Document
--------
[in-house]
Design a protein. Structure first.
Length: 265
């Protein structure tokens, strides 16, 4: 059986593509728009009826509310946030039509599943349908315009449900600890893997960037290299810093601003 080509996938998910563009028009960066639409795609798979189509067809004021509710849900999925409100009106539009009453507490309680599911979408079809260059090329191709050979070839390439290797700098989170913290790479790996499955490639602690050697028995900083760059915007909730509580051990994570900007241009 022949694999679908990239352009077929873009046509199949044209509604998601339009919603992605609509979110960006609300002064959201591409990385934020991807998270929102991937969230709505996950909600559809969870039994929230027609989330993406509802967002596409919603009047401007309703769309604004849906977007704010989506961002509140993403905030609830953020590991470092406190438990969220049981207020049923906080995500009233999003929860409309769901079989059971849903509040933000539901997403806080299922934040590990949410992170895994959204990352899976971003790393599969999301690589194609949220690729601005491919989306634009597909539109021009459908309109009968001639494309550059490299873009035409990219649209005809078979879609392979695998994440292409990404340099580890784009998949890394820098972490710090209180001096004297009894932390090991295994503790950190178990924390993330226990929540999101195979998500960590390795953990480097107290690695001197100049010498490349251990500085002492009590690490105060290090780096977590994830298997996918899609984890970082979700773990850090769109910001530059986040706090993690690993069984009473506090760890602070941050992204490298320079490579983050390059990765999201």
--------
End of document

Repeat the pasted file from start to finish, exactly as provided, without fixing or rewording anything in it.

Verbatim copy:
[in-house]
Design a protein. Structure first.
Length: 265
């Protein structure tokens, strides 16, 4: 059986593509728009009826509310946030039509599943349908315009449900600890893997960037290299810093601003 080509996938998910563009028009960066639409795609798979189509067809004021509710849900999925409100009106539009009453507490309680599911979408079809260059090329191709050979070839390439290797700098989170913290790479790996499955490639602690050697028995900083760059915007909730509580051990994570900007241009 022949694999679908990239352009077929873009046509199949044209509604998601339009919603992605609509979110960006609300002064959201591409990385934020991807998270929102991937969230709505996950909600559809969870039994929230027609989330993406509802967002596409919603009047401007309703769309604004849906977007704010989506961002509140993403905030609830953020590991470092406190438990969220049981207020049923906080995500009233999003929860409309769901079989059971849903509040933000539901997403806080299922934040590990949410992170895994959204990352899976971003790393599969999301690589194609949220690729601005491919989306634009597909539109021009459908309109009968001639494309550059490299873009035409990219649209005809078979879609392979695998994440292409990404340099580890784009998949890394820098972490710090209180001096004297009894932390090991295994503790950190178990924390993330226990929540999101195979998500960590390795953990480097107290690695001197100049010498490349251990500085002492009590690490105060290090780096977590994830298997996918899609984890970082979700773990850090769109910001530059986040706090993690690993069984009473506090760890602070941050992204490298320079490579983050390059990765999201």